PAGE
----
OLDSMAR — There’s a growing consensus that Oldsmar is one of the most veteran-friendly communities in the state. The reputation stems from its Veterans Memorial Park — a scenic, waterfront expanse that hosts Memorial Day and Veterans Day events — and the many veteran-related causes Oldsmar has supported over the years, including photo exhibits and motorcycle rallies, the 2019 Department of Defense Warrior Games and the Gold Star Families of Florida.
After being named one of three Purple Heart cities in Pinellas County in 2015, Oldsmar officials worked with the Veterans Advisory Board to create a monument dedicated to America’s Purple Heart veterans; the striking, red-stone piece was installed in May and officially unveiled in a dedication ceremony on National Purple Heart Day on Aug. 7.
“Oldsmar is a city that takes great pride in honoring the sacrifices of our heroes, America’s veterans,” U.S. Rep. Gus Bilirakis, R-Palm Harbor, said at the start of the 90-minute ceremony. “And this beautiful place is a testament to the city’s ongoing commitment to our veterans and military personnel.”
Bilirakis, a longtime advocate for veteran’s rights who serves as the vice-chair of the House Veterans Affairs Committee, added “today, we honor those Americans who earned the oldest award in the military, the Purple Heart. I’d like to thank all the veterans who are here today and their families, and a special recognition to those who received the Purple Heart award. … Thank you and God bless.”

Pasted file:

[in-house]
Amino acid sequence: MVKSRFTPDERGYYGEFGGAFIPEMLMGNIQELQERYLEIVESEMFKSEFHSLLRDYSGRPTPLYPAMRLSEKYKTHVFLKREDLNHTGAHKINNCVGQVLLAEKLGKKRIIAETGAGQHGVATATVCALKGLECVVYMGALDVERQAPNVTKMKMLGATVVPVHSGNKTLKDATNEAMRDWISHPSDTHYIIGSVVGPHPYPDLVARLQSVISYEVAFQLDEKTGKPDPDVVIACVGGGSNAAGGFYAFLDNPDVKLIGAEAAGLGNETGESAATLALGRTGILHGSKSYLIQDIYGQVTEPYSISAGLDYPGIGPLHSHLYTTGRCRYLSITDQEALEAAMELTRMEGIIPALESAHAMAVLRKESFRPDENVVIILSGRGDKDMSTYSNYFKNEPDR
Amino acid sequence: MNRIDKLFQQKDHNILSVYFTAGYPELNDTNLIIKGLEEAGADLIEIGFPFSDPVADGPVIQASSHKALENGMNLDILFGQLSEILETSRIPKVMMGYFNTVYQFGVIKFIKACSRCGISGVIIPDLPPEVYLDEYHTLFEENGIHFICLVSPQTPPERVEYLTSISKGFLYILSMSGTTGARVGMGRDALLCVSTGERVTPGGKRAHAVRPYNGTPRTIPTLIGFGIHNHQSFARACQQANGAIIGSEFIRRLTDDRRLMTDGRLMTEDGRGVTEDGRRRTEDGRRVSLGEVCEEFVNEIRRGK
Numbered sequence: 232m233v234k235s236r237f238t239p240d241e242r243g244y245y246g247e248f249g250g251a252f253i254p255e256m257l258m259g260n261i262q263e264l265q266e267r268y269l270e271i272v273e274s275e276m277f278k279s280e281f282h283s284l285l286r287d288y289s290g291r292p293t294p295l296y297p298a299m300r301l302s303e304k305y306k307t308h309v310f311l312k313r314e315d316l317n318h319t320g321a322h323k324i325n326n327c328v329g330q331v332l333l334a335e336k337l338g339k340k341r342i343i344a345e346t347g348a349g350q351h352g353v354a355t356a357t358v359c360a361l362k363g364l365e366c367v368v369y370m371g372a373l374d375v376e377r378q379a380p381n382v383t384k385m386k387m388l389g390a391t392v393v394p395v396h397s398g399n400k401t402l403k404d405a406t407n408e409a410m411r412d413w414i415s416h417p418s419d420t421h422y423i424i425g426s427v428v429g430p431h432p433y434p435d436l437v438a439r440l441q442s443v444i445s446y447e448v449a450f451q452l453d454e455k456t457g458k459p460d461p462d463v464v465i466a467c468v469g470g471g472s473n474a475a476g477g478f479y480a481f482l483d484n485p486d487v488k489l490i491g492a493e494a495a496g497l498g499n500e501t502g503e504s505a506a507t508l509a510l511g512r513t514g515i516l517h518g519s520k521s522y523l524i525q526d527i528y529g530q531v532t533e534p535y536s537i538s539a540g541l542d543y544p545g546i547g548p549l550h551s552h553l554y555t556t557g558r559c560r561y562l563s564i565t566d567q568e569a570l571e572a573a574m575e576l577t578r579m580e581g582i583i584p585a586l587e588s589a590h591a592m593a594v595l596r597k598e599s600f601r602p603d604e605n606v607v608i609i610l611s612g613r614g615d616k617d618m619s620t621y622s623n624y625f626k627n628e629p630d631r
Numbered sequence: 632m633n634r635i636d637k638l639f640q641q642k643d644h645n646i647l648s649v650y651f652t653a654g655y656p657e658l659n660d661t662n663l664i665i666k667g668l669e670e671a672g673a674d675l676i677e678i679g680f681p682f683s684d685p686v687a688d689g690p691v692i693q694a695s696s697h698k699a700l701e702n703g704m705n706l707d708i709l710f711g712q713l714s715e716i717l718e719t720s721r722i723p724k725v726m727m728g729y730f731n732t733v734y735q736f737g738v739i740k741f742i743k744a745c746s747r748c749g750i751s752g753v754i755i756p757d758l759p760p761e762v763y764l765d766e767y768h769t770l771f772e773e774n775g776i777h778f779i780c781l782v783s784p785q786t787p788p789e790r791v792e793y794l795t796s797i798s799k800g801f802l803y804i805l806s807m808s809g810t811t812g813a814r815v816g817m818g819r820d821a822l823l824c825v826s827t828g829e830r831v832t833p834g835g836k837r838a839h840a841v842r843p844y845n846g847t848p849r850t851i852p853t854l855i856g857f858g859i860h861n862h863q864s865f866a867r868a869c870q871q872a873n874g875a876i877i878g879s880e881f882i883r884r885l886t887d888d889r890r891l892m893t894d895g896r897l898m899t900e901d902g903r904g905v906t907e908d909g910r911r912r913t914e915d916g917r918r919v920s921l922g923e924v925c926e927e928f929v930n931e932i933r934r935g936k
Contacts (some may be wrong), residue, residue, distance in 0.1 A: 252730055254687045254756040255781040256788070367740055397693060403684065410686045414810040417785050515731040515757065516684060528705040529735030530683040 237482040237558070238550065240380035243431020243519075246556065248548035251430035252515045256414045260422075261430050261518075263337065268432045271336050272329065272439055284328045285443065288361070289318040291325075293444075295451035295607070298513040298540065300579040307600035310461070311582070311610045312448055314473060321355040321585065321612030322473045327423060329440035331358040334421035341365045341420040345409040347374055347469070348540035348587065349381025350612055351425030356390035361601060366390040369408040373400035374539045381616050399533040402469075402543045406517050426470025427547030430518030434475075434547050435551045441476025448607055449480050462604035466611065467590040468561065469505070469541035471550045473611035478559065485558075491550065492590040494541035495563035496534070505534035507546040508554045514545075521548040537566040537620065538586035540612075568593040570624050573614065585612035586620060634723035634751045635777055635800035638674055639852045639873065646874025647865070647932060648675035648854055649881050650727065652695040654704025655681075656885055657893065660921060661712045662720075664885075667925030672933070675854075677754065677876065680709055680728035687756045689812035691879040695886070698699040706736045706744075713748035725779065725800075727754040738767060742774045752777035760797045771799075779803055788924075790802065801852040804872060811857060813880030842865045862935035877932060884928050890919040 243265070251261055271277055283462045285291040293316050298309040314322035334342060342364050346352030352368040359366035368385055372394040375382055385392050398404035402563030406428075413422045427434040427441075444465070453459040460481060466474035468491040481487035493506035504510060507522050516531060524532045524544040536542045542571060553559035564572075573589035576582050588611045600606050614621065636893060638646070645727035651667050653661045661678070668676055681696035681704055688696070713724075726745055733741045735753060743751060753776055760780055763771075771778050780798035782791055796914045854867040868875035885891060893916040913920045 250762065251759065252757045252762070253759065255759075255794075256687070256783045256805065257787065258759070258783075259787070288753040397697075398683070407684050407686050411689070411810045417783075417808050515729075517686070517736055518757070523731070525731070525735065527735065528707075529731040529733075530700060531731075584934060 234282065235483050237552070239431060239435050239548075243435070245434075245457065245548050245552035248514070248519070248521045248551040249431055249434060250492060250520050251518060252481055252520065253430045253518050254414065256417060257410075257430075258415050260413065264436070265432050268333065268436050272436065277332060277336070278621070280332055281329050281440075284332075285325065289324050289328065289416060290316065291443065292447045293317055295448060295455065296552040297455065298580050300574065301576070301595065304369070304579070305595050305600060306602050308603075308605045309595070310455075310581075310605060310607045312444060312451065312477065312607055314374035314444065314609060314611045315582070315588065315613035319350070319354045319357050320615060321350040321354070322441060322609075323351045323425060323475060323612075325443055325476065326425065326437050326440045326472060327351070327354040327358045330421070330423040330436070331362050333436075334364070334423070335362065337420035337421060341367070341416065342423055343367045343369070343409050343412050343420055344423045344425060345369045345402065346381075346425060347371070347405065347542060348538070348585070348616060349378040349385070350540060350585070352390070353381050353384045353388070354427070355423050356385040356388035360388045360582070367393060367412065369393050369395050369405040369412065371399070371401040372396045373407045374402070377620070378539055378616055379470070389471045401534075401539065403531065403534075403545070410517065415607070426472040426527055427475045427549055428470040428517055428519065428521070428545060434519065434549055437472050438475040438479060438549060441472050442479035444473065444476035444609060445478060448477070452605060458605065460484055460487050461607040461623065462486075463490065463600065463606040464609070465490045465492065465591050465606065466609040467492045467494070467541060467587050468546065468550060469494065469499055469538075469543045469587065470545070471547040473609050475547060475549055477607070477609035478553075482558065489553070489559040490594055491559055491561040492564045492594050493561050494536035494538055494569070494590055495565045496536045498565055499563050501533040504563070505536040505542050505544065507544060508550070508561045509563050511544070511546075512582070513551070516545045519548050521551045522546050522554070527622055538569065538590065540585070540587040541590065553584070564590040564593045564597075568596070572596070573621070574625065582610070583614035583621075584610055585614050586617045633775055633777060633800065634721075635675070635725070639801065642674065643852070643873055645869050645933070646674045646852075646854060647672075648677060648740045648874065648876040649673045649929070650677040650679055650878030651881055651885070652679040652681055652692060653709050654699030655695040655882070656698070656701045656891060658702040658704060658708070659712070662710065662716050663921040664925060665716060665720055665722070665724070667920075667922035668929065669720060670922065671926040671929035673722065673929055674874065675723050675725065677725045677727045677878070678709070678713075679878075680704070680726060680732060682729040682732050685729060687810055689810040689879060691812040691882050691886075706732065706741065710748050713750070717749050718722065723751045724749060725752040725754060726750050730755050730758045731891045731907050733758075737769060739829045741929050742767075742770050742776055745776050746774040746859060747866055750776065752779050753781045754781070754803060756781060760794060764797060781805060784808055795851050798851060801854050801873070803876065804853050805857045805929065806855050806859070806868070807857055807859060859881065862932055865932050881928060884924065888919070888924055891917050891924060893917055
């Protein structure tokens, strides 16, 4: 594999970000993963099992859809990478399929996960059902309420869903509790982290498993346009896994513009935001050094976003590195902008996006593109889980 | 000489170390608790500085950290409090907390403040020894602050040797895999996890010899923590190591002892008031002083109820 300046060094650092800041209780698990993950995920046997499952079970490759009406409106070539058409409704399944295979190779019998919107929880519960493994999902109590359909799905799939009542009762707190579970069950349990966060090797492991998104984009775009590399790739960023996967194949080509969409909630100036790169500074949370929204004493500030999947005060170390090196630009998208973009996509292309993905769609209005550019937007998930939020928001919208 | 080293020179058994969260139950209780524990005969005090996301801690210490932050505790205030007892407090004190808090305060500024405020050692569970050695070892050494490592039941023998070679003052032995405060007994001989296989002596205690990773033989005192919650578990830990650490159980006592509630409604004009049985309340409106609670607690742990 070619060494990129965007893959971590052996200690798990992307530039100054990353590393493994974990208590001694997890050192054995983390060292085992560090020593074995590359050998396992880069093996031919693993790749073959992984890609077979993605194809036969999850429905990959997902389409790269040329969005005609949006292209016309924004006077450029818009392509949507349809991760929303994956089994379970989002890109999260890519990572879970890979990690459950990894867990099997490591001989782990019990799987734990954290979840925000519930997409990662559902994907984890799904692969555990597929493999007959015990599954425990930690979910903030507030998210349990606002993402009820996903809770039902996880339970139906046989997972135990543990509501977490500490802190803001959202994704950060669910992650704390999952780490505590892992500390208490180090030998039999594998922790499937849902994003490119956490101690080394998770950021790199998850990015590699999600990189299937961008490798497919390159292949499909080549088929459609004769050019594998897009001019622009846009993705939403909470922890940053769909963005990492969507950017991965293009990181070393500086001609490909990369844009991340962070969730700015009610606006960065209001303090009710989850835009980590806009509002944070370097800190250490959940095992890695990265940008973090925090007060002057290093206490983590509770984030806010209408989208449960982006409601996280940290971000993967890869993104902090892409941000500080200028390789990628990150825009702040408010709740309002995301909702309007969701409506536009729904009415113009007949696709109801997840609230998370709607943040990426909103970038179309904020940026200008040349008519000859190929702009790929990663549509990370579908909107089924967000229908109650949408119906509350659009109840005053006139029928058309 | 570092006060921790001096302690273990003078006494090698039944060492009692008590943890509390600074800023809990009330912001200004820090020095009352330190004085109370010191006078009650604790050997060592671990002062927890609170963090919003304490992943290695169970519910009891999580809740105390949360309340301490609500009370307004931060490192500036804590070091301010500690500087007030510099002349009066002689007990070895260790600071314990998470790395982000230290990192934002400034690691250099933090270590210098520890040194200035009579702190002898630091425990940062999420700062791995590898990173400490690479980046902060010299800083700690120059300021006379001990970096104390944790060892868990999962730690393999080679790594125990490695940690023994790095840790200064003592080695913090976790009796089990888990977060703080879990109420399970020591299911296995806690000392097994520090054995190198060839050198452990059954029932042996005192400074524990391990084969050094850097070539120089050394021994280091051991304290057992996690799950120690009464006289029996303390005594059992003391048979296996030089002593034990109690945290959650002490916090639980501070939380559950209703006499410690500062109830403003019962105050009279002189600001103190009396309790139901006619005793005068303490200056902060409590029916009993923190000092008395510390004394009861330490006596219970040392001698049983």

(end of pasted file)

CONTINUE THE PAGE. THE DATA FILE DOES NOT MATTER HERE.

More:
Following Bilirakis, who was not expected to attend due to prior commitments, state Sen. Ed Hooper, another Palm Harbor-area Republican, thanked the veterans and especially the Purple Heart recipients in attendance. “War wounds don’t heal when they get out of the hospital,” Hooper said. “They sometimes go very deep and last very long.”
Keynote speaker Richard Hunt, a Vietnam War veteran and president of the Purple Heart Veterans of Florida, directed all the Purple Heart vets who were seated in the back to move up to the chairs reserved for them in the front rows, “where you belong.”
“This is your day,” Hunt emphasized as several purple-clad people moved up.
Hunt offered a variation of the saying “some gave all, all gave some, and some continue to give today” and finished his speech by reading part of the inscription on the monument. “My stone is red for the blood they shed. The medal I bear is the country’s way to show they care.”
Malori Gabardi closed the ceremony by performing a stirring rendition of “America the Beautiful” as groups of city officials and veterans posed for photos in front of the monument before the Admiral Farragut Academy Color Guard removed the flags surrounding it.
Afterwards, Seidel said the ceremony had been “very emotional” and praised the work by the Veterans Advisory Board for organizing it.
“The beauty of the flags behind the new monument and surrounded by the Purple Heart recipients is an image that will last with those who attended,” the mayor said.
Seidel said the Purple Heart monument is important to the city. “Hopefully, the monument will be a reminder for generations to come and serve as a beautiful spot on the bay to reflect, learn and give thanks.”
“There’s a pulse within this community that many places could only dream of attaining,” he added. “You don’t see it, but it’s there. Oldsmar is the heart of America.”